Author Archives: Joel D. Hirst

About Joel D. Hirst

Joel D. Hirst is a novelist and a playwright. His most recently released work is "Dreams of the Defeated: A Play in Two Acts" about a political prisoner in a dystopian regime. His novels include "I, Charles, From the Camps" about the life of a young man in the African camps and "Lords of Misrule" about the making and unmaking of a jihadist in the Sahara. "The Lieutenant of San Porfirio" and its sequel "The Burning of San Porfirio" are about the rise and fall of socialist Venezuela (with magic).

The New America?

“Go see the new America,” I was advised by a not-altogether-well-meaning friend. “See how America has changed.” “America has changed a lot in the last nine years,” said another friend, “and not all for the better.” And yet again, “America … Continue reading

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It Came From a Lab…

I’m not really accustomed to quick posts on current events, my writing being focused mostly on culture and politics and art and travel – civilizational writings meant to inspire wonder. However Vanity Fair just published the most extraordinary piece of … Continue reading

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Night – by Elie Wiesel

“No, not in the twentieth century,” was the flippant answer of the Jews of Sighet in Transylvania when told of the ongoing holocaust by the Nazi German Government. “Not in the 20th century.” The century when I was born. Three … Continue reading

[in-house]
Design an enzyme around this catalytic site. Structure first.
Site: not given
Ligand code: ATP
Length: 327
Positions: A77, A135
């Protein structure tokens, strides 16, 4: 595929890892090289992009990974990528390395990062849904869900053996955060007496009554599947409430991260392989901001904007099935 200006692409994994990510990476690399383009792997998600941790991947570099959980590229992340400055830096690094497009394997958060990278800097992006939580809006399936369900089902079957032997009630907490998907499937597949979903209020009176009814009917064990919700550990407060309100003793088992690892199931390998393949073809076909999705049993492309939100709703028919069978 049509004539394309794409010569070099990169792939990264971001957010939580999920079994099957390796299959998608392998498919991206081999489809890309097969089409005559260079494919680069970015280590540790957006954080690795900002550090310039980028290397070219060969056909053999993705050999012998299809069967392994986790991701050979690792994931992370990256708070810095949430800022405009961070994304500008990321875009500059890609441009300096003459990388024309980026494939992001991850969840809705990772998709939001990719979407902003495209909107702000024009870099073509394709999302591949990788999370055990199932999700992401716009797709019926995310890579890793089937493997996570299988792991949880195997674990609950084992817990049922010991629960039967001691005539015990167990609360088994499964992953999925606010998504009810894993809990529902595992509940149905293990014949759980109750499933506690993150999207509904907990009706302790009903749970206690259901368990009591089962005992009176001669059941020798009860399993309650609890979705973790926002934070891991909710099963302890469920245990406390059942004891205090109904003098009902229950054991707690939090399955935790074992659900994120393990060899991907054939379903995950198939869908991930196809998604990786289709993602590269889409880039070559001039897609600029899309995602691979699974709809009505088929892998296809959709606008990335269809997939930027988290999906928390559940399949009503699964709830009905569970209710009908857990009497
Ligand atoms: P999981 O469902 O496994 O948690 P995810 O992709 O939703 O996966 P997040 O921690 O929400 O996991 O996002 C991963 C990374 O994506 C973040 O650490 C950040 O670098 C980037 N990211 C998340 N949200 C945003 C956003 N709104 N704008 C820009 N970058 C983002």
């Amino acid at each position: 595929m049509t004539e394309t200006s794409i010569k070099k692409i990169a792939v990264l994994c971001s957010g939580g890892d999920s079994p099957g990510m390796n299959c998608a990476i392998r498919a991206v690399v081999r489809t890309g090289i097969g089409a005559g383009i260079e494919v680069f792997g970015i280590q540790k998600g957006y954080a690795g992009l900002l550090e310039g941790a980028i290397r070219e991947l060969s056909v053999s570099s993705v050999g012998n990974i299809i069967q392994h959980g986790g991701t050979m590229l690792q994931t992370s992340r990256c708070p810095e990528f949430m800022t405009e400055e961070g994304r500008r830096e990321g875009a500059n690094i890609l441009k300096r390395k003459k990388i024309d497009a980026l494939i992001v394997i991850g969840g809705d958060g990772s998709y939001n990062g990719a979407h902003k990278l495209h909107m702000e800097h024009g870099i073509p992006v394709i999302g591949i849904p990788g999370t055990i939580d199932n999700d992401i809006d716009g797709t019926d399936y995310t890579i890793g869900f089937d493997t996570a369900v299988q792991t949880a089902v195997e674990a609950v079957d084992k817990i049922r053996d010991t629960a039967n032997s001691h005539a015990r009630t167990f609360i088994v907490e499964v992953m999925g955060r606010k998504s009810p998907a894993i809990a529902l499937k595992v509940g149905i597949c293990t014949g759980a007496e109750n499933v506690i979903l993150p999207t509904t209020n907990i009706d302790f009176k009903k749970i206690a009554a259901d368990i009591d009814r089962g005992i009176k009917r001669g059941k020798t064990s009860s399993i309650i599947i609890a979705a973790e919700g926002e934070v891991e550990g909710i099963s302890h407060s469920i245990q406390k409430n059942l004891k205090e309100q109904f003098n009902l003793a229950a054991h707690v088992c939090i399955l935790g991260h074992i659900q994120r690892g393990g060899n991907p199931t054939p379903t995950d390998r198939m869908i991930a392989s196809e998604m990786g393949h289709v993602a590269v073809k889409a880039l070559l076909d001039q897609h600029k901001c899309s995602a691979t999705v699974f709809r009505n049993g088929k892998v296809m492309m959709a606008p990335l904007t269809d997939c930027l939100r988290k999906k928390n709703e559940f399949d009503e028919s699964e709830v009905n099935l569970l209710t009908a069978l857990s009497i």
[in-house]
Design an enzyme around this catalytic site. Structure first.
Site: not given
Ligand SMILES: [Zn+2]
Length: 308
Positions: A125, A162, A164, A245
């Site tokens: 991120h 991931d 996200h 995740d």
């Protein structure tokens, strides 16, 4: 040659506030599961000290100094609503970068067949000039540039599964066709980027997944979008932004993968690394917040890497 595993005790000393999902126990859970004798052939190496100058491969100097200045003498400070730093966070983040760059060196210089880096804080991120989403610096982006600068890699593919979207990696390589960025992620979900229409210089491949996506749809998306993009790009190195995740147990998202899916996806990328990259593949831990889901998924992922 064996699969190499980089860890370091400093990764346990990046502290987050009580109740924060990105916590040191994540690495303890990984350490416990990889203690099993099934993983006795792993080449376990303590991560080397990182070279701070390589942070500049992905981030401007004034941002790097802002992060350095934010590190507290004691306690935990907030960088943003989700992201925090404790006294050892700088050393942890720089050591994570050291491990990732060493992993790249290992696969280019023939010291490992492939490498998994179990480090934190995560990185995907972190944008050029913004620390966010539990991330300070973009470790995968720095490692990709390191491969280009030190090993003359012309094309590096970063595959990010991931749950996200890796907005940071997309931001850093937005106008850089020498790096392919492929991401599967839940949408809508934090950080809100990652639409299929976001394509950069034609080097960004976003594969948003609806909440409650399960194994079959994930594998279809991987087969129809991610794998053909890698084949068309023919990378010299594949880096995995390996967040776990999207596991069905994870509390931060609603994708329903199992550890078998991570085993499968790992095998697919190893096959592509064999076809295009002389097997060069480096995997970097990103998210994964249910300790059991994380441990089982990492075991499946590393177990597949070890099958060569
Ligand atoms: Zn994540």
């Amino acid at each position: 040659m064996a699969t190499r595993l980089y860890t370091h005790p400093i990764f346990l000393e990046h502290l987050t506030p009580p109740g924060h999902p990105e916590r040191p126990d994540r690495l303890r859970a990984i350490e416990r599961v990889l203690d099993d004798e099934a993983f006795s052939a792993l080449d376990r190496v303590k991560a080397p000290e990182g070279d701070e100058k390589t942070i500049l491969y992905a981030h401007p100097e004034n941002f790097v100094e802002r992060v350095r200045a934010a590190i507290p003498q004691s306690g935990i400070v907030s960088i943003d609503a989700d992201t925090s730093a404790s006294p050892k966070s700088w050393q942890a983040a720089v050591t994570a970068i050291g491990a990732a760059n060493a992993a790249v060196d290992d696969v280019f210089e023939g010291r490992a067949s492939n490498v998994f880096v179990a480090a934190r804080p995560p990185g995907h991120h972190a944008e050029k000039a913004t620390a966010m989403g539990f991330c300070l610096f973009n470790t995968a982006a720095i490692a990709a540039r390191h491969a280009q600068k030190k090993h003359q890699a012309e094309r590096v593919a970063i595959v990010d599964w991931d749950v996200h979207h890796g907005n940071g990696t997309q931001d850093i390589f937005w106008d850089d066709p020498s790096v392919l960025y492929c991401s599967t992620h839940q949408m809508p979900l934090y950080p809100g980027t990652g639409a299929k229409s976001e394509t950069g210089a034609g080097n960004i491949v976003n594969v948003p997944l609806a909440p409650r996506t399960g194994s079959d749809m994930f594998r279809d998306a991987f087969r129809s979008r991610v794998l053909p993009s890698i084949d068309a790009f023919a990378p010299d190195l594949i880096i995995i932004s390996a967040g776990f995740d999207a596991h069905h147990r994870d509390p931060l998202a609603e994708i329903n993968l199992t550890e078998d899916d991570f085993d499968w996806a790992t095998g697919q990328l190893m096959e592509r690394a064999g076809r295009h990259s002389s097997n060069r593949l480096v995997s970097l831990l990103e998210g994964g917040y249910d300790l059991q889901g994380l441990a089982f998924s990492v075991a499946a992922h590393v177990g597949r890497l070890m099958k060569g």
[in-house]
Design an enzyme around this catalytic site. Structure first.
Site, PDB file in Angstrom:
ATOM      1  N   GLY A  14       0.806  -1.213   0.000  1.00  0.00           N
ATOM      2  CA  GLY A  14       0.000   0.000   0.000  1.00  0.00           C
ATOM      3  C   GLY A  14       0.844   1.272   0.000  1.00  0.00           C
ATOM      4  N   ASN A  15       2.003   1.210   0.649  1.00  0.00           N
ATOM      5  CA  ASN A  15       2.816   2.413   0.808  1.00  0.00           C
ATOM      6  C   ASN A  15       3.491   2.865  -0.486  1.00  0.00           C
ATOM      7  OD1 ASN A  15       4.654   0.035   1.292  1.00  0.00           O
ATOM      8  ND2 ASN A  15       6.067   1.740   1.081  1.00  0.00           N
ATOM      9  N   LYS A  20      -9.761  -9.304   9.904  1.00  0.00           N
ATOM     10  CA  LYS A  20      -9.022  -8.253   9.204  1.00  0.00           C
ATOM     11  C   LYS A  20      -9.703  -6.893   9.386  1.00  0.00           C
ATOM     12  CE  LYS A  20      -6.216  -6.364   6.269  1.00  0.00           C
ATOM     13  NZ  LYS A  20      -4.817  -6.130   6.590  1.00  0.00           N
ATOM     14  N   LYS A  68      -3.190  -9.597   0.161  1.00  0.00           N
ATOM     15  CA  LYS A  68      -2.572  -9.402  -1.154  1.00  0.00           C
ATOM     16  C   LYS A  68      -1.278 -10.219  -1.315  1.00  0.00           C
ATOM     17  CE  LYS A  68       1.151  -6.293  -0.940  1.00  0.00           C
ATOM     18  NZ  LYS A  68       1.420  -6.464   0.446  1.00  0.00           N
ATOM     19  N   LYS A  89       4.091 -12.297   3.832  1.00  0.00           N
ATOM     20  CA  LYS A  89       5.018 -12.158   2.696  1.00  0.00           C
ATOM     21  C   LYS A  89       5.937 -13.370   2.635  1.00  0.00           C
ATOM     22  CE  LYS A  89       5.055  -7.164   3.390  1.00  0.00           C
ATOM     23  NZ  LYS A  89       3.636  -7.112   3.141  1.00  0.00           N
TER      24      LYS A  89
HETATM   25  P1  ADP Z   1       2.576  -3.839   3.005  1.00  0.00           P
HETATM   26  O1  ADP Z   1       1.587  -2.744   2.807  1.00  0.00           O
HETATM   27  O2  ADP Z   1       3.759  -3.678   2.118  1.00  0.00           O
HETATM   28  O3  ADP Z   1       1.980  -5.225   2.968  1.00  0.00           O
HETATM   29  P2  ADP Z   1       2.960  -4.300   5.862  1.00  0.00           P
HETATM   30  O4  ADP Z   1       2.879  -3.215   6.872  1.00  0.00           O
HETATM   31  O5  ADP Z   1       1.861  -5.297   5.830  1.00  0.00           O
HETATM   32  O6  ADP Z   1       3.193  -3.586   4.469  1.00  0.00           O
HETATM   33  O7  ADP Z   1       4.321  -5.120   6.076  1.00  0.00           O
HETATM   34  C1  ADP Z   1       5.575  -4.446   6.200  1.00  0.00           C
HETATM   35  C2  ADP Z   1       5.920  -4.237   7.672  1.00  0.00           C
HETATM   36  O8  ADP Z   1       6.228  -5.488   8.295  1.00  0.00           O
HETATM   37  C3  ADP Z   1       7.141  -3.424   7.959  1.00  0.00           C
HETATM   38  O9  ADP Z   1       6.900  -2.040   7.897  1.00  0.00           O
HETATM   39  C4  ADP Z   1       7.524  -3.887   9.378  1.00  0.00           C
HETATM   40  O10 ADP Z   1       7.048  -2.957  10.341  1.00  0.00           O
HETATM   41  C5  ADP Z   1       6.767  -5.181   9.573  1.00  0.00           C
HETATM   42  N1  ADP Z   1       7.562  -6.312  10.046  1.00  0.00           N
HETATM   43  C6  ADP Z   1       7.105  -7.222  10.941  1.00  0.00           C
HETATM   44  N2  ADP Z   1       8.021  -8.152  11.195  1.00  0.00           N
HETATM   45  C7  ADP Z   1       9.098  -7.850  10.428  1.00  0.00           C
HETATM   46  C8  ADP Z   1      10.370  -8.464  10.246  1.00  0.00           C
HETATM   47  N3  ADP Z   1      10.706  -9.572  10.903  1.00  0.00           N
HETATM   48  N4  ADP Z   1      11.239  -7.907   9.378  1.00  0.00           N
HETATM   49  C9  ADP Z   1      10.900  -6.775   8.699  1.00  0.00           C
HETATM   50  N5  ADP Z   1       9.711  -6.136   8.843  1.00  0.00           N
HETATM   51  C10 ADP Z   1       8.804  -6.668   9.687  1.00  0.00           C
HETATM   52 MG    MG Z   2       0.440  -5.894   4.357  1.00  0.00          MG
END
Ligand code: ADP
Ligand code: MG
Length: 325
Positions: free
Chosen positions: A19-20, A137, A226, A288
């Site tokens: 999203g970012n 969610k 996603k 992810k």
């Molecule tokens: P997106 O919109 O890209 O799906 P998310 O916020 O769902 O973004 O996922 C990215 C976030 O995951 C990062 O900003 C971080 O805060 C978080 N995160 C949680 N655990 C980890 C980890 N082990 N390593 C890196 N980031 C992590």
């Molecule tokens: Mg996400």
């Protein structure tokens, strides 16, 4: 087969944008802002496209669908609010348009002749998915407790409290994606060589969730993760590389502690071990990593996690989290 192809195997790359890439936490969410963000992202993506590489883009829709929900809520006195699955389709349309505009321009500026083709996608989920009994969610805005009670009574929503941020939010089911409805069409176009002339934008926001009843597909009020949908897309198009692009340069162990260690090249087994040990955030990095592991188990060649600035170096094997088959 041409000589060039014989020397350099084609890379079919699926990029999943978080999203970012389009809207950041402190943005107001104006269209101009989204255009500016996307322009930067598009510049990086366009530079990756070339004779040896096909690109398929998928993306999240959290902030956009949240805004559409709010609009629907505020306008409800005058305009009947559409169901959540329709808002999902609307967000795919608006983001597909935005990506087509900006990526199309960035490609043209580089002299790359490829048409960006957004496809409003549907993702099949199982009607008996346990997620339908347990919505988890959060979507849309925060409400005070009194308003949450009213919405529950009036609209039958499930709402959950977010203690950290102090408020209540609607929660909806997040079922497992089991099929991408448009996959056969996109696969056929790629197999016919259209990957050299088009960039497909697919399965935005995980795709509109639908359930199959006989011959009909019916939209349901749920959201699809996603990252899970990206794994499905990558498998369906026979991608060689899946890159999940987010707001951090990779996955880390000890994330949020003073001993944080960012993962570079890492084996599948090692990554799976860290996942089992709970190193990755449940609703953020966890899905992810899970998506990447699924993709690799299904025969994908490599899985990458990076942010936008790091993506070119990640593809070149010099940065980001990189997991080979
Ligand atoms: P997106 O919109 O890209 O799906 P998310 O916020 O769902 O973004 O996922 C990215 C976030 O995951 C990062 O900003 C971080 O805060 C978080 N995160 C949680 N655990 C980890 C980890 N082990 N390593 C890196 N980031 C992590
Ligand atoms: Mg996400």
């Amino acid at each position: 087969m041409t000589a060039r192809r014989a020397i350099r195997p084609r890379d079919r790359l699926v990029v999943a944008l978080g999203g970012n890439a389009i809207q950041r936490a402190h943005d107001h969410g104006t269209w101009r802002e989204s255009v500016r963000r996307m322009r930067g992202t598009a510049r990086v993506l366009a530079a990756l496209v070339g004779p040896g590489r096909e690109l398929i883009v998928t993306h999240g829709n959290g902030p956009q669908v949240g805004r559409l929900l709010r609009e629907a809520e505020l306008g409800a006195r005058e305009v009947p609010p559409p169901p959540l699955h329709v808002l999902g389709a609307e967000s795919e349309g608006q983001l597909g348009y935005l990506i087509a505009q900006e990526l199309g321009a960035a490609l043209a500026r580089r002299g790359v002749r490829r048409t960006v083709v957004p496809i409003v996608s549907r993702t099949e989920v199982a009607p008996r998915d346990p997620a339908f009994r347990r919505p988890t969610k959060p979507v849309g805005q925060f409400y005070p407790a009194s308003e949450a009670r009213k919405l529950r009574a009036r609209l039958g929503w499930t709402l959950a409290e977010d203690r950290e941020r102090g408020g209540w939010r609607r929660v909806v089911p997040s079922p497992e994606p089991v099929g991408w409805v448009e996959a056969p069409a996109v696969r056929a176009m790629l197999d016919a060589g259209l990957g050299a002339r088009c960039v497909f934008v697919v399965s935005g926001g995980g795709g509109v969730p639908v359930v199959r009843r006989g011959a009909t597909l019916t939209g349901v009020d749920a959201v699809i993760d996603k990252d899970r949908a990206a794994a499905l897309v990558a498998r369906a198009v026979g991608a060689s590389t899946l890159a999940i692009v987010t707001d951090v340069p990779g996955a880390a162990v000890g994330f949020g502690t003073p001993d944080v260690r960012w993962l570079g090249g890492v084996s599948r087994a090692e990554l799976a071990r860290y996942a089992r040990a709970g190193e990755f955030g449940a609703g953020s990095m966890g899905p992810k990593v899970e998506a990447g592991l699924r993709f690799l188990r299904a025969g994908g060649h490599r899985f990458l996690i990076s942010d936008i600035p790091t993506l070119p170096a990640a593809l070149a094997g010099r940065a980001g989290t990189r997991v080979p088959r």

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The Maze by Albert Likhanov

This was a curious novel, by one of the Soviet Union’s most famous children’s writers. It is simple, as it is written from the POV of a young boy struggling through pretty normal problems in life unfortunately. Problems in the … Continue reading

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My Last Night in Yerevan

The quiet hum of Ashtarak highway reverberates in the background; the wind rustles the trees, new leaves – excited to show them off after a long cold winter. The city, away down into the valley buzzes with life: restaurants and … Continue reading

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War, Pandemic, and Depression

It was at the very beginning of my days of adulthood – grad school to be precise – when nineteen terrorists smashed two planes into the sides of two sky-scrapers. I was sitting in the student union at university in … Continue reading

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The Commission On Unalienable Rights

One of the most extraordinary things that came out of the 45th President’s Department of State was the Commission on Unalienable Rights (and its subsequent report – find it here). The commission was set up in 2019 and the final … Continue reading

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On Oppression

Last night I was reading the Bible to my little boy – we are now in the life of Jesus – the story about when the Pharisees tried to trick him by asking him whether a good Jew should pay … Continue reading

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Seek Out The Glorious

It has been a rough year, to say the least. Disease and ‘isolation’, those “premodern idea(s) of quarantines, closures, and measured lockdowns.” A way of thinking that is “not just premodern; (instead) turning the logic of modern medicine on its … Continue reading

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The First Man

I’ve never been a fan of Albert Camus; I didn’t really understand what all the fuss was about. I found Plague and Stranger interesting, but not particularly noteworthy. I am changing that impression for the record here. I just finished … Continue reading

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